Children with special needs should be supported regardless of their school

There are many families in Ontario who struggle every day with a glaring inequality in the provision of essential services for children with disabilities and special needs.

For some children, their local public school might be the best choice. But for many others, a Jewish or other specialty school might better meet their needs.

Unlike other provinces, Ontario doesn’t offer many disability-related services for children who happen to attend an independent school. While some services are covered, the list of such supports is very narrow  – compared to the wide range of government-funded services available for public school students.

For example, the province will pay for a speech-language pathologist to help a Jewish day school student with pronunciation. But the province will not pay for the same pathologist to aid the student with comprehension and expression. This distinction does not exist for public school students, where the government funds both, along with many other crucial services denied to children who attend an independent school. This inequality is acutely felt by parents who receive little or no government support for their child’s mental health, ADHD, or anxiety needs.

This is wrong. It would not be an overstatement to note that the impact of this policy has proven financially and emotionally damaging, and in some cases devastating, for many families in our community. Many parents must send their children to a public school, which is not necessarily the right fit and may not meet their child’s needs. Others pay exorbitant, out-of-pocket costs for these essential services so that their child can remain in a Jewish day school.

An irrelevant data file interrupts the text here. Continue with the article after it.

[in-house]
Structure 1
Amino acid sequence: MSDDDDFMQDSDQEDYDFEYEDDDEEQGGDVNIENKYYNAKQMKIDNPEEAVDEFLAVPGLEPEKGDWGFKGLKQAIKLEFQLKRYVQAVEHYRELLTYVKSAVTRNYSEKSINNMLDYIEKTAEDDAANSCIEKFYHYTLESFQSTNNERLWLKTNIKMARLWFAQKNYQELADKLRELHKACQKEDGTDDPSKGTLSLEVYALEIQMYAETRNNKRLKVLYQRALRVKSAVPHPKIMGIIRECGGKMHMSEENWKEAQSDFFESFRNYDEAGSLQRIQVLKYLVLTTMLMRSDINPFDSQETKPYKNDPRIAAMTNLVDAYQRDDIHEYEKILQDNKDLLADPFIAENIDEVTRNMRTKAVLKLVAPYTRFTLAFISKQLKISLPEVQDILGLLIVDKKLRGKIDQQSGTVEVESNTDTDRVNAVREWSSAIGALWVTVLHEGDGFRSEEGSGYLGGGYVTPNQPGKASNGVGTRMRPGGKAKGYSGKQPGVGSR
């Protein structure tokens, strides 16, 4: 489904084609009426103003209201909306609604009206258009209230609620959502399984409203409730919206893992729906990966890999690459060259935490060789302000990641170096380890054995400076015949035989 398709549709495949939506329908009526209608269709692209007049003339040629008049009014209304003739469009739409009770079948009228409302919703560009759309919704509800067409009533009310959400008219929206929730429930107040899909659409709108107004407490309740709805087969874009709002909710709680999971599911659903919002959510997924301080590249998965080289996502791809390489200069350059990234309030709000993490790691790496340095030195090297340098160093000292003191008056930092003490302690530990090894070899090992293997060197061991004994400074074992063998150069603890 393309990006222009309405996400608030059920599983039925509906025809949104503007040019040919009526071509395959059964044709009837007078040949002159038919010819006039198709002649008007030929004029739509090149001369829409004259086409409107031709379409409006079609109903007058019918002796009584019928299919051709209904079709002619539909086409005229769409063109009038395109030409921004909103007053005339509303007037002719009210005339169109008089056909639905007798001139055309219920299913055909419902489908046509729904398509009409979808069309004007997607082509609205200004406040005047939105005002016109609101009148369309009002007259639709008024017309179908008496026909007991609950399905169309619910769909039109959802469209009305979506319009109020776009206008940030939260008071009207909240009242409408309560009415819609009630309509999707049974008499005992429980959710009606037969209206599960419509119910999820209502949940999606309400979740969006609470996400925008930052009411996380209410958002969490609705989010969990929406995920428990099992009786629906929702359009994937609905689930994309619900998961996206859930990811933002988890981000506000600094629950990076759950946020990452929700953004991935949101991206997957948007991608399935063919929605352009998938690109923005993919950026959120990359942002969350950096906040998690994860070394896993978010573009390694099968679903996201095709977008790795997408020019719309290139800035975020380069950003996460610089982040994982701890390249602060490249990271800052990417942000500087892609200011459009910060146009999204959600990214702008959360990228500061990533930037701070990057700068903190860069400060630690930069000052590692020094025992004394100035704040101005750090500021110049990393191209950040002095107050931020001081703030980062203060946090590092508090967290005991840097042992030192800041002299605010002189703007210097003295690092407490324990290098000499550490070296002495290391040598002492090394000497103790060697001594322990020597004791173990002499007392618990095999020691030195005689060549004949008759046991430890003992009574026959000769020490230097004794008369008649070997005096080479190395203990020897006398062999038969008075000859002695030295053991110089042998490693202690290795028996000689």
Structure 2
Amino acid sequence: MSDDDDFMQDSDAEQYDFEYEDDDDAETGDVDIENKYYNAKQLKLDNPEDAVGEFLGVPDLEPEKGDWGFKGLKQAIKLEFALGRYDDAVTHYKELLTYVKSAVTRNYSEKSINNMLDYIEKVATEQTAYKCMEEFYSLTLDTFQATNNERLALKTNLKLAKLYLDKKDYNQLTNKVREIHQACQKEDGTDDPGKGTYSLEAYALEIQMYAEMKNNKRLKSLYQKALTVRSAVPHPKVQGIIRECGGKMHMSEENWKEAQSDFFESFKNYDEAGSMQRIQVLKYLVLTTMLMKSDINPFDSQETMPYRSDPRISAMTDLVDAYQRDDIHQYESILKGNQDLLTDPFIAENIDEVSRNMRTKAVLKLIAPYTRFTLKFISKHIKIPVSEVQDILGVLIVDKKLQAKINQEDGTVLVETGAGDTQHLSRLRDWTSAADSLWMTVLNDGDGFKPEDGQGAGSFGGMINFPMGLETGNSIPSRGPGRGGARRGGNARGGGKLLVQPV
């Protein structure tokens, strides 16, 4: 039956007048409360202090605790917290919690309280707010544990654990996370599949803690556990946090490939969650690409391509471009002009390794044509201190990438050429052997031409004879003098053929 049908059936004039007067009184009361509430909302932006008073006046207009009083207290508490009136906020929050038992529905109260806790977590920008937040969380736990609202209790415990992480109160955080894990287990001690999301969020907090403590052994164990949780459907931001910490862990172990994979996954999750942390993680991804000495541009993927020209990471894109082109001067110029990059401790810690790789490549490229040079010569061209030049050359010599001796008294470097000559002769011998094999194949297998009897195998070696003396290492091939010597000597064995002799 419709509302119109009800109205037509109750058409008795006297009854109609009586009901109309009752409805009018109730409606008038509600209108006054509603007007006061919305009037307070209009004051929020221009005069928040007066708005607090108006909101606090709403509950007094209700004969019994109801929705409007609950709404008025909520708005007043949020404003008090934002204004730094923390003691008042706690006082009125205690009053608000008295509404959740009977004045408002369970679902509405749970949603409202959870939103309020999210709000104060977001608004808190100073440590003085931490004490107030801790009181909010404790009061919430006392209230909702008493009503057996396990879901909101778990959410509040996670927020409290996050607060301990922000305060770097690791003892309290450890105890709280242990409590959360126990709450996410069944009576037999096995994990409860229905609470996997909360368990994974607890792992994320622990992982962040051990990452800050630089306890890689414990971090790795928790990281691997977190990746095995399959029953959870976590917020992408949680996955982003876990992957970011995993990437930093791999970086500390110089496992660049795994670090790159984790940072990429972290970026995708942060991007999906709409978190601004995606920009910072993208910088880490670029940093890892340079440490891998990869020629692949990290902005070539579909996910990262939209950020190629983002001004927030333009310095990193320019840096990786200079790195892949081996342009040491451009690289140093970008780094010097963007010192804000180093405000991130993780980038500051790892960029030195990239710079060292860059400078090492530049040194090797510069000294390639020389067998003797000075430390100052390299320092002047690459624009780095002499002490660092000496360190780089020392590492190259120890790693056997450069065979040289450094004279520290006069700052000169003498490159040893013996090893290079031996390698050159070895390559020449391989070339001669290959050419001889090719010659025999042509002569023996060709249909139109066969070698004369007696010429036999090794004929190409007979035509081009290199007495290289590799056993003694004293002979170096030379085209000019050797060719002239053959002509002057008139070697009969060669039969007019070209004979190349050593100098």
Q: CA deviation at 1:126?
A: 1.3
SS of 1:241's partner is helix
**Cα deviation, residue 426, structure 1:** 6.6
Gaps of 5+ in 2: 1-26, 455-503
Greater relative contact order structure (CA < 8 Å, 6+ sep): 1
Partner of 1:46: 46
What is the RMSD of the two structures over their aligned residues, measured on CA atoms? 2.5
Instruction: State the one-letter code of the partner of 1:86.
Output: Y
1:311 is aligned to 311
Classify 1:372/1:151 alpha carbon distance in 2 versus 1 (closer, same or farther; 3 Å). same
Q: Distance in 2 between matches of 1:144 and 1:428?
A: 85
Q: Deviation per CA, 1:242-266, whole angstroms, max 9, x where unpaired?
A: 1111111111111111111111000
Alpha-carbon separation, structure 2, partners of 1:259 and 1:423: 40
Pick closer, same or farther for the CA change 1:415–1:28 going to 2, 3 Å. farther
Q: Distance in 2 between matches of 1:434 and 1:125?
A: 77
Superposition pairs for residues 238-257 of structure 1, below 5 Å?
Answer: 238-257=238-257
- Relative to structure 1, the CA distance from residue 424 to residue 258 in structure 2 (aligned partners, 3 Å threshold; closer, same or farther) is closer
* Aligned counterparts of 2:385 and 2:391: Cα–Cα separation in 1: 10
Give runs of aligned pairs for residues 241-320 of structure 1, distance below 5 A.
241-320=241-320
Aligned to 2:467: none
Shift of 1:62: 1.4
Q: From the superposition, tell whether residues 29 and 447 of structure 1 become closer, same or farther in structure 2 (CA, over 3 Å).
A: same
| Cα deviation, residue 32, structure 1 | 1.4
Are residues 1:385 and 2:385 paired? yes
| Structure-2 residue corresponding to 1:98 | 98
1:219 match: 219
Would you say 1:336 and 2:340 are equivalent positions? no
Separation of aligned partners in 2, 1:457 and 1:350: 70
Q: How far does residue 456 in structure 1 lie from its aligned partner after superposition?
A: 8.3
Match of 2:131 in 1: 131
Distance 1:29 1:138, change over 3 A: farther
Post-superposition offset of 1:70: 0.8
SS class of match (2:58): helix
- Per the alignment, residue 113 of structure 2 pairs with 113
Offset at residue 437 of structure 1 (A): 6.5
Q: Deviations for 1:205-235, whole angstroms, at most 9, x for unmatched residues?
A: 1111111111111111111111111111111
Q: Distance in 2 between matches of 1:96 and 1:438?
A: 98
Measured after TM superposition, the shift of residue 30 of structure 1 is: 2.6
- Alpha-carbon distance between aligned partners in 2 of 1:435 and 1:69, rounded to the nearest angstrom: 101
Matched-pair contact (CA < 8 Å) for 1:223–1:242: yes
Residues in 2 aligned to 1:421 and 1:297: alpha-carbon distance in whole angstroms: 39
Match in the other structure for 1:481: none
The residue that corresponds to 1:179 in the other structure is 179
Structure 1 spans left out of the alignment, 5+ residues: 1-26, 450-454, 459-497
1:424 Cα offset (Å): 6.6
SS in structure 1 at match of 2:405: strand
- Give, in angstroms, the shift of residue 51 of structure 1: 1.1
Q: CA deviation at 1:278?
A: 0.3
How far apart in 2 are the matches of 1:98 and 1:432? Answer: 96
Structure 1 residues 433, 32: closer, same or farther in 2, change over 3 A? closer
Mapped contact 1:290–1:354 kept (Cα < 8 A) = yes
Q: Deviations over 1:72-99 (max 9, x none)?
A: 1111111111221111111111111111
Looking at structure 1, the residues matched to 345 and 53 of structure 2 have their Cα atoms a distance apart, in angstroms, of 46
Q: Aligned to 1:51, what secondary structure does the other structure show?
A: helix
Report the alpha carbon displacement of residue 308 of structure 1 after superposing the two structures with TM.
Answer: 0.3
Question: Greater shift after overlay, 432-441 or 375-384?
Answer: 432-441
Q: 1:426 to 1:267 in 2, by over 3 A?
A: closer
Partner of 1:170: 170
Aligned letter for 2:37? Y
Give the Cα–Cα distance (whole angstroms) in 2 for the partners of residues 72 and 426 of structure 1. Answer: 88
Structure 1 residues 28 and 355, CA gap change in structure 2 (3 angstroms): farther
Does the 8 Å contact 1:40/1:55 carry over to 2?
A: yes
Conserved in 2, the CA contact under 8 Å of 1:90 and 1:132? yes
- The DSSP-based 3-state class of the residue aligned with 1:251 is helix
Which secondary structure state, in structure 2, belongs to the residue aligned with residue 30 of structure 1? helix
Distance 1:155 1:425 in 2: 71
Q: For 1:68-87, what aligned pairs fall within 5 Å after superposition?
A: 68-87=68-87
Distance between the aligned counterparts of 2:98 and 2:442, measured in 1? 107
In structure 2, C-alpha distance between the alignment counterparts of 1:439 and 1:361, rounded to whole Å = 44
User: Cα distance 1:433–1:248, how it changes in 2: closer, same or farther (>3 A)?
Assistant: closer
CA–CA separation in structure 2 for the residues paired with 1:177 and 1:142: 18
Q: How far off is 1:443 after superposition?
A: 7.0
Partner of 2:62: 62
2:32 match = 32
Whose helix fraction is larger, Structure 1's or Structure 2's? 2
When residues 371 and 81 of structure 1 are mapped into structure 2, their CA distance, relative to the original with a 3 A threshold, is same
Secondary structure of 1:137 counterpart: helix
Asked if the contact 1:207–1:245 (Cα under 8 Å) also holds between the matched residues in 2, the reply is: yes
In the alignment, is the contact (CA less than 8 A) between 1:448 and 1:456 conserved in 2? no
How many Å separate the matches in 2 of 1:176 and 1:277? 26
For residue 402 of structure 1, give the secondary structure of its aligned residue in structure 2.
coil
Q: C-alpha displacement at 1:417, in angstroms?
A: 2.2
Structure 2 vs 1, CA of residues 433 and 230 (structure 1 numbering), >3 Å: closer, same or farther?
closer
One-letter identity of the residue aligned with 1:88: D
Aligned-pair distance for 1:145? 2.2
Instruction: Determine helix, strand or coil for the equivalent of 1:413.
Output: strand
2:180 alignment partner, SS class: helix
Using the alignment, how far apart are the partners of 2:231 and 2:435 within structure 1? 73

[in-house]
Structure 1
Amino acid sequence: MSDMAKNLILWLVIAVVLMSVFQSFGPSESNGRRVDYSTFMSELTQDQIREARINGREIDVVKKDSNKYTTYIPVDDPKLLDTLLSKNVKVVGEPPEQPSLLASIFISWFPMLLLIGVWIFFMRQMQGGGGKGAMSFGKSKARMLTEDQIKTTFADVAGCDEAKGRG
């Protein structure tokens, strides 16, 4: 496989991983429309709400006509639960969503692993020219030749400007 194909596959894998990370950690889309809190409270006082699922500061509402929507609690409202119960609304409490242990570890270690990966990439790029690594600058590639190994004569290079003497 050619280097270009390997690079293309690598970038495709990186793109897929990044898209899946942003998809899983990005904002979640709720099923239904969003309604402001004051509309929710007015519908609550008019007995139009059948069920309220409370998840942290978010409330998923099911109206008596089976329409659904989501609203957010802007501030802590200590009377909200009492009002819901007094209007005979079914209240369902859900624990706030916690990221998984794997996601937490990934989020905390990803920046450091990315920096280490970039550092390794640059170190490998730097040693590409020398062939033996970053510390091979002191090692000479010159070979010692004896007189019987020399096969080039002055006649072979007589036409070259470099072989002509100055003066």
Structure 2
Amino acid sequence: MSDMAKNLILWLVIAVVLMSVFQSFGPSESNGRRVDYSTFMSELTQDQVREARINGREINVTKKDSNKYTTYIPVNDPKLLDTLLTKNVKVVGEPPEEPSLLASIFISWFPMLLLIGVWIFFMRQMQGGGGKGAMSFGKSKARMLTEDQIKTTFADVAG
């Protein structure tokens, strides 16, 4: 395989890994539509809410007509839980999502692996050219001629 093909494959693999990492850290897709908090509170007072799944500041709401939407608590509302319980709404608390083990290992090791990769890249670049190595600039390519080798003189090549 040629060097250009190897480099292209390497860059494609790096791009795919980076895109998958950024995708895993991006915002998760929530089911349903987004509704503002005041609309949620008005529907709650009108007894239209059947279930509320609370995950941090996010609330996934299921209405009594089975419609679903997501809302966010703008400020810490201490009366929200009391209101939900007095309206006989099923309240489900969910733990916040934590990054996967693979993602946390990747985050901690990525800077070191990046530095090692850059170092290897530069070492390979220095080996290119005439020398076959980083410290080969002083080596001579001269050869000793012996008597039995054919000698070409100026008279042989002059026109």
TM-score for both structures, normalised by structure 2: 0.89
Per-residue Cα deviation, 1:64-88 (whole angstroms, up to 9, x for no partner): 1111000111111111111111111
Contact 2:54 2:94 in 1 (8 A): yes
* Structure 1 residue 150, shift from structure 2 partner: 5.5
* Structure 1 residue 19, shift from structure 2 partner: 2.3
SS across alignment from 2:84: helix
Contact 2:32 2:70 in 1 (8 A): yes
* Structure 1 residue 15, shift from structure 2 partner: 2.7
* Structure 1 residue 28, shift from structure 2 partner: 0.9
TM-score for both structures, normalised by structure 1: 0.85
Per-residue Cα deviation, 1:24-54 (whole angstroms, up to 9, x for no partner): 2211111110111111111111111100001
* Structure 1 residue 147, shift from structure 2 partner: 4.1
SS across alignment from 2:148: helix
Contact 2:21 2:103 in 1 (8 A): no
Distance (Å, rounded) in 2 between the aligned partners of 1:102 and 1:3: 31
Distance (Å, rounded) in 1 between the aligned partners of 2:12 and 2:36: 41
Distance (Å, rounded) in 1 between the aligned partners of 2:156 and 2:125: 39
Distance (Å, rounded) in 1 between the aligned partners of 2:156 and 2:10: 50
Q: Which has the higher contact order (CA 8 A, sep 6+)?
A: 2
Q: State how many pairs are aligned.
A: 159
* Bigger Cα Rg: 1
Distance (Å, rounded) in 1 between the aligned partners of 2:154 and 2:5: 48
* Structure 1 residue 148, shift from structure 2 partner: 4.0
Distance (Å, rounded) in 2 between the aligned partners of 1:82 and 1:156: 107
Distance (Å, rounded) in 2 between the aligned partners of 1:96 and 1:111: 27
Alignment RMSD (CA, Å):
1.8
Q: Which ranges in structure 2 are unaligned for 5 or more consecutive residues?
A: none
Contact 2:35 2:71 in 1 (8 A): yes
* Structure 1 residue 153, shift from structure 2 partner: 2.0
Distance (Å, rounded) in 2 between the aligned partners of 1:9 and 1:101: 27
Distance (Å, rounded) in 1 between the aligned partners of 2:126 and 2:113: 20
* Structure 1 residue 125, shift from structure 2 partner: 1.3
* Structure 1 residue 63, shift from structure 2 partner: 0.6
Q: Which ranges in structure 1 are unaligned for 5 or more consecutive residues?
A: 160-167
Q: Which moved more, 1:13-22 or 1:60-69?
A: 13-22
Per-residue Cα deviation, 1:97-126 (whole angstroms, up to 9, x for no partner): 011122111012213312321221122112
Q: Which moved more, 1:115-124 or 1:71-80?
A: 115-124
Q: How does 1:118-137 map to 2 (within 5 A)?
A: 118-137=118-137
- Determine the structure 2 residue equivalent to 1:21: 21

In our community, many day schools are helping to cover the costs of special needs service providers for their students, resulting in millions of dollars in added costs for the entire day school system every year. This financial burden should not fall on our community institutions alone, and it certainly should not fall on the most vulnerable families among us.

This is why the Centre for Israel and Jewish Affairs (CIJA) supports a grassroots campaign called Every Kid Counts. This broad coalition of diverse communities and disability advocates have rallied around one message: every child, regardless of the school they attend, should have access to the same publicly funded health services.

It is time to change the way Ontario’s School Health Support Services program addresses the needs of children in the province. Every Kid Counts is asking the Government of Ontario to expand its range of services, and to ensure children receive the support they need based on their disability, not the school they happen to attend.

If Every Kid Counts is successful, it will have a massive impact on the well-being of many vulnerable families in our community and beyond. It would also ensure that our struggling day schools are not forced to pay millions every year for health services that should be universally accessible.


I am a parent of four young children, three of whom will be in a Jewish day school in the fall. Like many others in our community, my family knows firsthand the commitment shown and challenges faced by families who choose a Jewish education. Summer break provides us an opportunity to come together as a community and lay the foundation for meaningful change in the fall.

Visit today to join me and thousands of other Ontarians from all walks of life in emailing the Government of Ontario to ask for this important policy change. Because in Ontario, every kid counts.

Noah Shack is vice-president, Greater Toronto Area, at the Centre for Israel and Jewish Affairs.